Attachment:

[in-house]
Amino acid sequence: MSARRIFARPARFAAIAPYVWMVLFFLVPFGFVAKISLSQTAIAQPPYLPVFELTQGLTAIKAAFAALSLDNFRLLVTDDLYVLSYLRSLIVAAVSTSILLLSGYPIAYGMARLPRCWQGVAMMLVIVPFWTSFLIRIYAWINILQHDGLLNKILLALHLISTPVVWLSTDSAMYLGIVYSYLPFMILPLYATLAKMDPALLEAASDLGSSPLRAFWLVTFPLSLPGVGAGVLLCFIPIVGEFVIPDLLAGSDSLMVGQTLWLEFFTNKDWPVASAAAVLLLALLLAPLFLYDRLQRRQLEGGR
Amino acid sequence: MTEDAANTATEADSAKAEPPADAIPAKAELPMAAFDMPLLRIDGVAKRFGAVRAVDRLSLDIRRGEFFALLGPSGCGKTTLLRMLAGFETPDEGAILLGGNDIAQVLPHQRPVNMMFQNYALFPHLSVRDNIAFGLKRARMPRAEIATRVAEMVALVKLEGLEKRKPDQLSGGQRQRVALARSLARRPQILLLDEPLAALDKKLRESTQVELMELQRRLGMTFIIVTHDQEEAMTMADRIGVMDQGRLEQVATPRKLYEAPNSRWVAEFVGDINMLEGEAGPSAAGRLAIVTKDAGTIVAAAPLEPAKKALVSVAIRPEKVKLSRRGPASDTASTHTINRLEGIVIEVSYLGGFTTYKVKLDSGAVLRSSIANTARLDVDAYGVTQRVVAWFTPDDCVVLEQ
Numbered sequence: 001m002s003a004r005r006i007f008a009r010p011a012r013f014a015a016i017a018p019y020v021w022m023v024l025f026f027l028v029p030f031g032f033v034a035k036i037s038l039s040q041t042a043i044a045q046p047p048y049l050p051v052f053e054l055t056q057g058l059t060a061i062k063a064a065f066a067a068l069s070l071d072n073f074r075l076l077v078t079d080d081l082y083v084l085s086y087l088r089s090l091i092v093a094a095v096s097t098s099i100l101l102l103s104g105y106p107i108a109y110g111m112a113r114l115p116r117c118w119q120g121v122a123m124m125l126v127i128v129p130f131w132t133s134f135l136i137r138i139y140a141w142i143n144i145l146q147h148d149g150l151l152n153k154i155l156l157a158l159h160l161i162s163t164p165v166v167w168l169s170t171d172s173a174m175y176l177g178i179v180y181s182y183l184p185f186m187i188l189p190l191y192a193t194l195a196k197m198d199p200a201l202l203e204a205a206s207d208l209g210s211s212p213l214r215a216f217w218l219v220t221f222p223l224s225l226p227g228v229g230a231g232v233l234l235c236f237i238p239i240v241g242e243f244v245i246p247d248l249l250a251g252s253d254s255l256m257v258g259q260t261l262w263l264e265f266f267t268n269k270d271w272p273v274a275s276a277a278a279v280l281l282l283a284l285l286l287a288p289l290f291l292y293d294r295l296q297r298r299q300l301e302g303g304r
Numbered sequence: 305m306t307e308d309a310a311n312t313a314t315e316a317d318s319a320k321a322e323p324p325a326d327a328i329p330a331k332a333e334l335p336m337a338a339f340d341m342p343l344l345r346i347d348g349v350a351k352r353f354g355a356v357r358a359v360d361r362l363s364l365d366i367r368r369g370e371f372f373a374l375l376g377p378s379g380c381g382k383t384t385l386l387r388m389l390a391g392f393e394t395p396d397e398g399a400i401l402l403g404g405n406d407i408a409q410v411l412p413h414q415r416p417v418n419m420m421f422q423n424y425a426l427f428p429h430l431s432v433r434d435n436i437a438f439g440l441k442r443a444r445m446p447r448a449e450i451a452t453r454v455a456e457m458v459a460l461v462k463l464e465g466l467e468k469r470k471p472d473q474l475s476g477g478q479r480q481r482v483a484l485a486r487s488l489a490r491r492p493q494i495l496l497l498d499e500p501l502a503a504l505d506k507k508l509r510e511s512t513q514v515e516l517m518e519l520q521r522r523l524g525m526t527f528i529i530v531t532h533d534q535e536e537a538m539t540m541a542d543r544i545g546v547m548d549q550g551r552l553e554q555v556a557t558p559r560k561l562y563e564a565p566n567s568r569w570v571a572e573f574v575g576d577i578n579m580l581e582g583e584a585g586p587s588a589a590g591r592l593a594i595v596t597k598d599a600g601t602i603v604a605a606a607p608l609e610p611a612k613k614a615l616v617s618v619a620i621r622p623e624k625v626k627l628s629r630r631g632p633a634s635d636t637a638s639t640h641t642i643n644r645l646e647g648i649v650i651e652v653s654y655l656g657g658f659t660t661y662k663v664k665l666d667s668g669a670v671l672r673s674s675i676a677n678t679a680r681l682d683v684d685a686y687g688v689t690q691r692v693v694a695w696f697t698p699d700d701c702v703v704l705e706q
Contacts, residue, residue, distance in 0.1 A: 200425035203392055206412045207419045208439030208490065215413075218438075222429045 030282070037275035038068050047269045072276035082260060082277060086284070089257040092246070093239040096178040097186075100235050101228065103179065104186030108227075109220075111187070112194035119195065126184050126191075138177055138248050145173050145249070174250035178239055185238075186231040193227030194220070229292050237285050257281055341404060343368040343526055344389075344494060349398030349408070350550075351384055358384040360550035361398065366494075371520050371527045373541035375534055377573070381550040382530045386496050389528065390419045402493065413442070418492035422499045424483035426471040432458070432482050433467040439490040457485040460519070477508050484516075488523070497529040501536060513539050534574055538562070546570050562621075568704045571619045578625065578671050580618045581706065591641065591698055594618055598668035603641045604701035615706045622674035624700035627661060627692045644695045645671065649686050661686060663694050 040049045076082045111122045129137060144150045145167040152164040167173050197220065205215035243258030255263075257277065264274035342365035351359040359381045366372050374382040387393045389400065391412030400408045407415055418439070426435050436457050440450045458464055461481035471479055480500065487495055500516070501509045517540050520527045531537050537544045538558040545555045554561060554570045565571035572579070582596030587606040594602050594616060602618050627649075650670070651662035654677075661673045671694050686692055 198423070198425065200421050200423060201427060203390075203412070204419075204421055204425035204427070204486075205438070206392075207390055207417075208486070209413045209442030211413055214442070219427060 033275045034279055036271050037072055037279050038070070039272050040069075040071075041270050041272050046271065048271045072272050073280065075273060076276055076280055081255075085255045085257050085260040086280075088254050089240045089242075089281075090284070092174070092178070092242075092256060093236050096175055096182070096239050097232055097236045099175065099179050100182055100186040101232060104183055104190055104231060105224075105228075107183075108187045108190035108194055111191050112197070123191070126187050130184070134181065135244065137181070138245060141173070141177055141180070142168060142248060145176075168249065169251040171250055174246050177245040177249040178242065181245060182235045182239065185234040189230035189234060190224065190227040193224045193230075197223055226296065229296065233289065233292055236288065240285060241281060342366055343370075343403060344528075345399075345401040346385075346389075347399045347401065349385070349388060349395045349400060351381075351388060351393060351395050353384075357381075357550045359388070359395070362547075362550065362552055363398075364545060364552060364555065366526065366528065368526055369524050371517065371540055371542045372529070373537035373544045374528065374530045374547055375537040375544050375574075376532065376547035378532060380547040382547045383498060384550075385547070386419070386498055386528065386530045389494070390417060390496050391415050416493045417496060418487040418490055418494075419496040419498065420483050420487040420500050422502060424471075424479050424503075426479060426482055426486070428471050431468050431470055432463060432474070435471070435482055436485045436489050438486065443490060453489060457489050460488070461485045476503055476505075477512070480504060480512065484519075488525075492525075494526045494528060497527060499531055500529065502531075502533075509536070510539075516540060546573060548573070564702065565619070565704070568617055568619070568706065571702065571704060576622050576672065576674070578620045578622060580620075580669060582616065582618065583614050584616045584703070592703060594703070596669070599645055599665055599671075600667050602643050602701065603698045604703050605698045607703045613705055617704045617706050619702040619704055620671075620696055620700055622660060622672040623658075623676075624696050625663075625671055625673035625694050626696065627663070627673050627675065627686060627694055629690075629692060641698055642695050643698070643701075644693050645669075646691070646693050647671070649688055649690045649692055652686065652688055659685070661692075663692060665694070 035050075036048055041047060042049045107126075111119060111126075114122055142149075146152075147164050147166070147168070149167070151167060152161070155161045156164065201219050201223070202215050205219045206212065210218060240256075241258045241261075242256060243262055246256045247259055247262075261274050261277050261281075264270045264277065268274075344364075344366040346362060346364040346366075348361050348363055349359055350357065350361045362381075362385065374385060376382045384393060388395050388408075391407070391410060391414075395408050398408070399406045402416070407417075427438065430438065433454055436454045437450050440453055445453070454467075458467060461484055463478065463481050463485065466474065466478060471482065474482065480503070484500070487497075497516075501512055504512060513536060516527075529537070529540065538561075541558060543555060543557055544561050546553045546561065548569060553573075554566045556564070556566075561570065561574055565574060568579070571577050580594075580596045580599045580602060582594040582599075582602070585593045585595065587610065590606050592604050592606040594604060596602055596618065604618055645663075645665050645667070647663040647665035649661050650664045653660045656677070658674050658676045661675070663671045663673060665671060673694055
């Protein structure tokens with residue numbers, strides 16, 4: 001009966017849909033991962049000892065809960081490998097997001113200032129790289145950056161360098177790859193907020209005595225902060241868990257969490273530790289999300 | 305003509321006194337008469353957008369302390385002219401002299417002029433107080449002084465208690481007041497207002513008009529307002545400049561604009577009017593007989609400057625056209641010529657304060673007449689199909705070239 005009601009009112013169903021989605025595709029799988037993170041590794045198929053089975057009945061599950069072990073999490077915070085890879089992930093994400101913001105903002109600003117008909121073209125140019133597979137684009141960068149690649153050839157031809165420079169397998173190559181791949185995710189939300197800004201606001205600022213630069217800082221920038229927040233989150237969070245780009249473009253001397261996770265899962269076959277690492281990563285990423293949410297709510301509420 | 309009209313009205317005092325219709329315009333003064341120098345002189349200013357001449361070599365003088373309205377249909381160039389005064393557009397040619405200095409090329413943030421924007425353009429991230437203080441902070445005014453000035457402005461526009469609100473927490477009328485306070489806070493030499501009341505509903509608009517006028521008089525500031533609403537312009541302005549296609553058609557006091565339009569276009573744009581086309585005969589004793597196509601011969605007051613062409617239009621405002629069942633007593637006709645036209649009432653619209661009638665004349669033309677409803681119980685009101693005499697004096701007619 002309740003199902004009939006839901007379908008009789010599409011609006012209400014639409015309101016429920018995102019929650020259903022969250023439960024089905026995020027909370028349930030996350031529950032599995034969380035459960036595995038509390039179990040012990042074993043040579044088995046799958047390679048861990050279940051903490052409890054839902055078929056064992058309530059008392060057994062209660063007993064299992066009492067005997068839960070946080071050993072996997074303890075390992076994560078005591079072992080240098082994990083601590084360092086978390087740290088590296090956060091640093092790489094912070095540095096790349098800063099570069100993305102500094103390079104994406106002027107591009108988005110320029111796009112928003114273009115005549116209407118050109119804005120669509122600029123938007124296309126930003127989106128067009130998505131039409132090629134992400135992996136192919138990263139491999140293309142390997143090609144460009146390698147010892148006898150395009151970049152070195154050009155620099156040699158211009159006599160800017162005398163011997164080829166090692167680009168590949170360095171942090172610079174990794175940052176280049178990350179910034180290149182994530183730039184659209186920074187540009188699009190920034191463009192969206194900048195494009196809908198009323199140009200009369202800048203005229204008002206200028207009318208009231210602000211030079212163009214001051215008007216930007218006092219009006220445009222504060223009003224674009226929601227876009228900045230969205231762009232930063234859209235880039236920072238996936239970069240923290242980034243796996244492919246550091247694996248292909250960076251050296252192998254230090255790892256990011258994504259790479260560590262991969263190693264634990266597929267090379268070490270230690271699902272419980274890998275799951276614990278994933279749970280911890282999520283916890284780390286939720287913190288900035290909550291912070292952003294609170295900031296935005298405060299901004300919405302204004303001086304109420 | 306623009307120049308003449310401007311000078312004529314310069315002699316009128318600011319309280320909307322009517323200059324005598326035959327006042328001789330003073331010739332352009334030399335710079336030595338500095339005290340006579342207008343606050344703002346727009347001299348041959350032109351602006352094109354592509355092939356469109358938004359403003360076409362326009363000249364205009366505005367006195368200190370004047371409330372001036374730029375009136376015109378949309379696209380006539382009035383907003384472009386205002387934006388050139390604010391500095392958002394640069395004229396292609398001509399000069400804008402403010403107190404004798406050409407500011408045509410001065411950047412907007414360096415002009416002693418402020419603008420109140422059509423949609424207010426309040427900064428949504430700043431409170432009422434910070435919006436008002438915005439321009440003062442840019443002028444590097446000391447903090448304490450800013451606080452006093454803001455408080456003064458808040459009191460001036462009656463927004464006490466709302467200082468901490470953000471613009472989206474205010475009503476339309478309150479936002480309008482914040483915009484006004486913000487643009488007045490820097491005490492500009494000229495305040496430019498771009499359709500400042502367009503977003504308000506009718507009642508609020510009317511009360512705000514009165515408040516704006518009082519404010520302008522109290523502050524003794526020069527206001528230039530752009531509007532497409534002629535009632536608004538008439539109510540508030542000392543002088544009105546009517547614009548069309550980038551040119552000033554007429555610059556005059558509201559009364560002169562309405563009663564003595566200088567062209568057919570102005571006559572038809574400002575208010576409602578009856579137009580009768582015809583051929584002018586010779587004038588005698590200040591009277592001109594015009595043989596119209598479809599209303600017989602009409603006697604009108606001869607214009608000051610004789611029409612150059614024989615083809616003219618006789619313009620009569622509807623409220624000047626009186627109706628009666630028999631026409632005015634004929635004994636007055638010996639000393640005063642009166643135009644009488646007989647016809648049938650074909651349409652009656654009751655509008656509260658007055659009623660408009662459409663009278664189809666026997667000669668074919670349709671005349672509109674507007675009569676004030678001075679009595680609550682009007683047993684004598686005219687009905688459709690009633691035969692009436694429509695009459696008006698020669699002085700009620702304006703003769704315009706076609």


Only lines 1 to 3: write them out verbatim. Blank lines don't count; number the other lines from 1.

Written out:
[in-house]
Amino acid sequence: MSARRIFARPARFAAIAPYVWMVLFFLVPFGFVAKISLSQTAIAQPPYLPVFELTQGLTAIKAAFAALSLDNFRLLVTDDLYVLSYLRSLIVAAVSTSILLLSGYPIAYGMARLPRCWQGVAMMLVIVPFWTSFLIRIYAWINILQHDGLLNKILLALHLISTPVVWLSTDSAMYLGIVYSYLPFMILPLYATLAKMDPALLEAASDLGSSPLRAFWLVTFPLSLPGVGAGVLLCFIPIVGEFVIPDLLAGSDSLMVGQTLWLEFFTNKDWPVASAAAVLLLALLLAPLFLYDRLQRRQLEGGR
Amino acid sequence: MTEDAANTATEADSAKAEPPADAIPAKAELPMAAFDMPLLRIDGVAKRFGAVRAVDRLSLDIRRGEFFALLGPSGCGKTTLLRMLAGFETPDEGAILLGGNDIAQVLPHQRPVNMMFQNYALFPHLSVRDNIAFGLKRARMPRAEIATRVAEMVALVKLEGLEKRKPDQLSGGQRQRVALARSLARRPQILLLDEPLAALDKKLRESTQVELMELQRRLGMTFIIVTHDQEEAMTMADRIGVMDQGRLEQVATPRKLYEAPNSRWVAEFVGDINMLEGEAGPSAAGRLAIVTKDAGTIVAAAPLEPAKKALVSVAIRPEKVKLSRRGPASDTASTHTINRLEGIVIEVSYLGGFTTYKVKLDSGAVLRSSIANTARLDVDAYGVTQRVVAWFTPDDCVVLEQ